In her third and most recent novel, Paris-based Algerian author Kaouther Adimi writes almost prophetically about a rebellion by a handful of children against the rigid and outdated system in her home country. Claudia Kramatschek read the book for Qantara
If you’ve ever been to Algiers in February, you’ll know that at this time of year, the ‘white city’ is swamped by torrents of rain and mud which flow down from the districts higher up, flooding the whole of the city. It is also at this time of year that the city is beset by a melancholic, fretful sense of impending doom, as its citizens witness once again – and in drastic terms – how little the state does to provide for their wellbeing.
Kaouther Adimi – Algerian literature’s rising star about whom Le Figaro has waxed lyrical, claiming she has ushered in “the winds of freedom to literature” – sets the final scene of her latest novel, December Kids, on a wet February day in Algiers. The year is 2016; the people of Cite 11 Decembre – small settlement in Dely Ibrahim, a suburb to the west of Algiers where the novel’s events take place – curse quietly to themselves when they see the rain.
But three children, two boys and a girl, are happy about the rain: at last, the football pitch in the heart of Cite, located on land that belongs to the army, will be in their hands rather than those of the older kids. 11 year-old Ines is in goal as ever – she is the daughter of a single mother and granddaughter of a famous independence activist known far beyond the borders of Algiers. As usual, Ines stops every ball her ten year-old friends Jamil and Mahdi send her way. On the evening of the second of February 2016, the three return home exhausted and happy. A day later, however, all of Algeria is up in arms: two generals have gone to the football pitch and reclaimed it as theirs – before being quickly beaten and chased off by an angry group of youths.
A fairy-tale plot serves as the backdrop to a real-life event
Of course, the youths’ actions amount to a catastrophe in post-colonial Algeria. In the novel, they serve as the spark that kindles a rebellion against the country’s rigid systems – and eleven-year-old Ines, of all people, leads the uprising. At first, it sounds too good to be true. A little girl who loves football managing to do what her forefathers have dreamed of doing for decades, and in patriarchal Algeria, too.
In fact, however, Kaouther Adimi, who was born in 1986 and grew up in Dely Ibrahim herself, based her novel on a real-life event. In 2016 she returned to her country of birth after living in Paris since 2009 and happened upon a news article: youths had become embroiled in a brawl with high-ranking officers wanting to purchase the football ground at Cite 11 Decembre and build their mansions there.
In the novel, she uses the children’s struggle to lay claim to the football ground as a symbol for Algeria as a whole and the question of to whom the country really belongs, crafting a portrait of a country, which is as multifaceted as it is true to life. Kleptocracy, corruption, cronyism, excessive military power, the tattered dreams of a free and truly united Algeria – all of this finds its quite casual place in the novel, wrapped up in little episodes and subplots.
Writing, not forgetting
The lightness with which Adimi touches on the roots of Algeria’s ills might lead you to think December Kids superficial or overly accommodating. Yet beneath its appealing exterior, the novel bubbles with tension. Through her characters, Adimi also reveals Algeria’s long, bloody and victim-strewn history since its independence.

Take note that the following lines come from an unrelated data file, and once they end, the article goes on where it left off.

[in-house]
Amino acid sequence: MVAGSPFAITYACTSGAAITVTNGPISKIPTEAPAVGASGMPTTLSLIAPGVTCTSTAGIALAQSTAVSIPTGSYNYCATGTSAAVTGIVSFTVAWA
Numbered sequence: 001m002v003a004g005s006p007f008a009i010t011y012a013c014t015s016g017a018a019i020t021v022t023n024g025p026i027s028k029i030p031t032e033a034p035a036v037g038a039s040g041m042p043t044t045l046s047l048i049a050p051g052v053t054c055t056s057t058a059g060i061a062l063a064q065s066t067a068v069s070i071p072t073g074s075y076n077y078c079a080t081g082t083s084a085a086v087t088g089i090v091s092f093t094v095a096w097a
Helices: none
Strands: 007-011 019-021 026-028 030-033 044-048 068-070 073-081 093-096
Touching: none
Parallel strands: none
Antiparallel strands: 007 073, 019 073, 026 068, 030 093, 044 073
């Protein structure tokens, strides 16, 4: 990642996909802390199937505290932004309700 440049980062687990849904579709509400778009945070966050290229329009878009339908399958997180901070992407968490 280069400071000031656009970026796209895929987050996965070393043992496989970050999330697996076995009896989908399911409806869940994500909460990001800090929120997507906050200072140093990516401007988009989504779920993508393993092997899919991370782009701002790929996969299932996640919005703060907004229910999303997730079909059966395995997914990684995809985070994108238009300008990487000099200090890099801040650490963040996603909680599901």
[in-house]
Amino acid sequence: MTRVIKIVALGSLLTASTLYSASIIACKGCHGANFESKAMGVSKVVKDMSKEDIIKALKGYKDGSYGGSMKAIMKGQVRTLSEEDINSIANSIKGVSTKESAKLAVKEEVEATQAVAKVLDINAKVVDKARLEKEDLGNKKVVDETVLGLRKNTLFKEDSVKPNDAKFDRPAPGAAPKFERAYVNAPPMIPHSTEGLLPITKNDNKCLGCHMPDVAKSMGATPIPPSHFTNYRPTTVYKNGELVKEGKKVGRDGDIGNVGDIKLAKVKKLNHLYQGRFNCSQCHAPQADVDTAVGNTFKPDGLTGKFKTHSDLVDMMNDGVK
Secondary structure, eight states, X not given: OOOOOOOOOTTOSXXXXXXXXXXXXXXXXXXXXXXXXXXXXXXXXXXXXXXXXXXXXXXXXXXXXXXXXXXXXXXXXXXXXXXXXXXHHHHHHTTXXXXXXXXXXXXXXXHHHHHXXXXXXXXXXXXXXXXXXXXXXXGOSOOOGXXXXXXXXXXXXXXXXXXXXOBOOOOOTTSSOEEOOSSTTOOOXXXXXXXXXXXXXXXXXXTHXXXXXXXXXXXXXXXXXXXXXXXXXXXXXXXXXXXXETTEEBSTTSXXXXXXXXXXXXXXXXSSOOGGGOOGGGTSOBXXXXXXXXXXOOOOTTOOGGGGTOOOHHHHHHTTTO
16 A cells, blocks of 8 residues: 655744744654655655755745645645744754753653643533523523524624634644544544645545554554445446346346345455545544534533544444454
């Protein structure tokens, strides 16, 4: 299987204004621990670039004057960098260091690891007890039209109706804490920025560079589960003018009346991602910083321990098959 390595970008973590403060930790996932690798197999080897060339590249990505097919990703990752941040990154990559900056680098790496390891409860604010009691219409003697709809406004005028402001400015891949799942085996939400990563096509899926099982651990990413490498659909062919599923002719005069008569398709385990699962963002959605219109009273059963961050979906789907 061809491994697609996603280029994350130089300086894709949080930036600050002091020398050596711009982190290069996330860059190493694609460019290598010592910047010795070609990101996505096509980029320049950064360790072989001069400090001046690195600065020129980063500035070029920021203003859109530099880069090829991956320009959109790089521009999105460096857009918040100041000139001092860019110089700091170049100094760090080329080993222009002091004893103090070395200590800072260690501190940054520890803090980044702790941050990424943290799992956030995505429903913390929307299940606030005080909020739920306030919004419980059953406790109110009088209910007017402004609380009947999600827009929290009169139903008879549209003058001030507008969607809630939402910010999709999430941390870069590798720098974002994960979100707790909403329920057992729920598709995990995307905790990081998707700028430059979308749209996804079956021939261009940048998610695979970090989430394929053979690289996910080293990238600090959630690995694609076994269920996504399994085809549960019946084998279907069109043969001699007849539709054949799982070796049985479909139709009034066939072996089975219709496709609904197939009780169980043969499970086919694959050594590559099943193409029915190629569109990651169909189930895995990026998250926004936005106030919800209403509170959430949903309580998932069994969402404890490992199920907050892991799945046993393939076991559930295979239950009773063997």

And she does it with ease. It’s the lightness of touch – and subtlety – of the new generation, which is able to look critically at those who first fought for the country’s independence, with the benefit of time and physical distance and without having to consider ideological obligations. They urge their country to neither idealise its own history – as has long been the case – nor to forget it, as was the order of the day under President Bouteflika, who declared taboo any less-than-sanitised coming to terms with the country’s bloody past in 2017.
Thus, in her novel, Adimi speaks knowingly about the roles and voices of women, who once fought for the country’s freedom, just like Ines‘ grandmother Adila in the book, and who, like Ines‘ mother, were oppressed by an increasingly rigid Islamic societal code promoted by the country’s emancipators, making them subordinate to men.
Adimi writes of the crippling fear which has traumatised the country for decades, making an Algerian «Arab Spring» all but unthinkable for many years. She also writes about the generation of fathers who were too young to join the struggle for independence and then resigned themselves to coming to terms with the system. Last but not least of these, she writes about the role of social media, which has gradually made the sea of injustice and concealment that exists in Algeria untenable.
Documenting a split between generations
December Kids, brilliantly translated and furnished with a helpful afterword by Regina Keil-Sagawe, is to some extent a hopeful, daring text which documents a split between the generations. Eleven year-old Ines not only stands for the rebellion of Algerian women, but also for everyone in Algeria who, in the case of the Hirak movement, believes the time has come to say, ‘Enough’, and who crave real change, brought about not with violence but by peaceful means.
It is these people to whom December Kids gives a voice, retroactively of course. I say retroactively, because when the Hirak movement made its way out onto the streets in February 2019, Kaouther Adimi had more or less finished writing the novel already. If anything, however, this only proves all the more that Adimi has her finger on the pulse of Algerian society. The pandemic may have put the brakes on the Hirak movement in the short term, but change is unmistakeable and within reach.